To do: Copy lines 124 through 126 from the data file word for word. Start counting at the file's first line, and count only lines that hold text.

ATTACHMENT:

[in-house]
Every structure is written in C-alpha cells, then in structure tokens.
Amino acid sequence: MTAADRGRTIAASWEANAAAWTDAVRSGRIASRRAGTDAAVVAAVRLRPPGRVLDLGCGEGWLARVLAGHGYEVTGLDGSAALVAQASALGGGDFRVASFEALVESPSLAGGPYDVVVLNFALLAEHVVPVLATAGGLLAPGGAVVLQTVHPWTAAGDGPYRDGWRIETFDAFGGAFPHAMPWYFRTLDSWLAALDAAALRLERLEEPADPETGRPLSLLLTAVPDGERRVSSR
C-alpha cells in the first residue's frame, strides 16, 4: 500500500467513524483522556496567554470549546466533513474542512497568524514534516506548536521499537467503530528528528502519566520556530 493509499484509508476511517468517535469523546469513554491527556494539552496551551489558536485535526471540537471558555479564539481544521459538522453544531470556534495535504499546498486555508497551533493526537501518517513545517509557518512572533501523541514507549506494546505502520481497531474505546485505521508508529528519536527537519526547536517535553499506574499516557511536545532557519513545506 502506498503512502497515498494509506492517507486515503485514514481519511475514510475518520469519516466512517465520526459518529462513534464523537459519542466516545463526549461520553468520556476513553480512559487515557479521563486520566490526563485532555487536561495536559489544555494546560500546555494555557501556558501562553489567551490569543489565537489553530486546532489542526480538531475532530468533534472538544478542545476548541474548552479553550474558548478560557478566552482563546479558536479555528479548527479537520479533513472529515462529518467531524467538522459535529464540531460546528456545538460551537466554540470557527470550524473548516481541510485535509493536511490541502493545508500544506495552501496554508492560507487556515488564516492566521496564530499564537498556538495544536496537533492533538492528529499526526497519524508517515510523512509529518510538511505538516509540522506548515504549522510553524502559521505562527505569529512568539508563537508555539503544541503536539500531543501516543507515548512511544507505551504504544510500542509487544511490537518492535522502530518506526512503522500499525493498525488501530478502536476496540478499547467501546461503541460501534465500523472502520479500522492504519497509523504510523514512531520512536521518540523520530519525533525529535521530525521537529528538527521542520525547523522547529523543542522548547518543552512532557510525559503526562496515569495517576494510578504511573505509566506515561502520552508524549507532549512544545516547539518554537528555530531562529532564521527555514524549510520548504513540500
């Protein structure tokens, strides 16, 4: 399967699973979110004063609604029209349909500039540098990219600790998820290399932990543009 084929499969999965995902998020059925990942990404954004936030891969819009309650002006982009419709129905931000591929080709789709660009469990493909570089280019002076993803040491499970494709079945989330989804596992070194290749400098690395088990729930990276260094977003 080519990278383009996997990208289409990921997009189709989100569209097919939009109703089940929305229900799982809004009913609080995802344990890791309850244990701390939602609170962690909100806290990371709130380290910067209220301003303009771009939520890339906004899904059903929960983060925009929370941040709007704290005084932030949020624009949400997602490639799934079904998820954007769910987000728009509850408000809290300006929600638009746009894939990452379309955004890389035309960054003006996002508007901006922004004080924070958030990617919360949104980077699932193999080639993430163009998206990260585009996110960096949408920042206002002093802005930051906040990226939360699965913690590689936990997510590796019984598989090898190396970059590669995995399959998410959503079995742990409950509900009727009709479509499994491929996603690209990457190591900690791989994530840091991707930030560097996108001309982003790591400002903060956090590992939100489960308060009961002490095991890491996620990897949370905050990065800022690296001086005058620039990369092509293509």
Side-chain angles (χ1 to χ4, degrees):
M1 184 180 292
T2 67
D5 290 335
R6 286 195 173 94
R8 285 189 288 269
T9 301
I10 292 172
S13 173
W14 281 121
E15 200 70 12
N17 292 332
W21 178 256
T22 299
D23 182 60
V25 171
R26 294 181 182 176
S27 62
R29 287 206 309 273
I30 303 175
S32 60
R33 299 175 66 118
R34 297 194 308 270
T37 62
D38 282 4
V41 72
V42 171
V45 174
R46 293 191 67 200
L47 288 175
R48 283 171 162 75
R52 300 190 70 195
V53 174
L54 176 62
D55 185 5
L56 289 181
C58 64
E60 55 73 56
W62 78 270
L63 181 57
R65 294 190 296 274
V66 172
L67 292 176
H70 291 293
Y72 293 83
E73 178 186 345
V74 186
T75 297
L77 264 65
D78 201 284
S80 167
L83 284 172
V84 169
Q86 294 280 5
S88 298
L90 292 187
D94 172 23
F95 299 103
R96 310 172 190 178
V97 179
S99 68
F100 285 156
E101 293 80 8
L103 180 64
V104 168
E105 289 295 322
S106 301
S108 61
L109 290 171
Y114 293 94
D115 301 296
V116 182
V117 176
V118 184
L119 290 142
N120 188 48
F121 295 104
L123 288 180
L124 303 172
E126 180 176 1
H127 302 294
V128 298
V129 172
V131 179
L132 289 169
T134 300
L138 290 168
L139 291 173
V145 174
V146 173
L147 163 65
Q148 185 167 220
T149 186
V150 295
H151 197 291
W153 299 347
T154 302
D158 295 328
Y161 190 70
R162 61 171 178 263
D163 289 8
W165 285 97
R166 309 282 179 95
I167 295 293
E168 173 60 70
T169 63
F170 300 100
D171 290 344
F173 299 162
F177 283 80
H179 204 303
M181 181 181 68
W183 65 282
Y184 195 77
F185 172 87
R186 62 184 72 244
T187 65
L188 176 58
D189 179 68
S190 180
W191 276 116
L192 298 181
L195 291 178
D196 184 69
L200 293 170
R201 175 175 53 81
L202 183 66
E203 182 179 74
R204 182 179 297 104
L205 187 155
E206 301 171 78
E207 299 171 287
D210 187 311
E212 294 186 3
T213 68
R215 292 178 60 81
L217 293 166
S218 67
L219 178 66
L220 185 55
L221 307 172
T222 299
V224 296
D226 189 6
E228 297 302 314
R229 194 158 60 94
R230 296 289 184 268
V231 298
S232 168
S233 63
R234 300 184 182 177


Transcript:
D189 179 68
S190 180
W191 276 116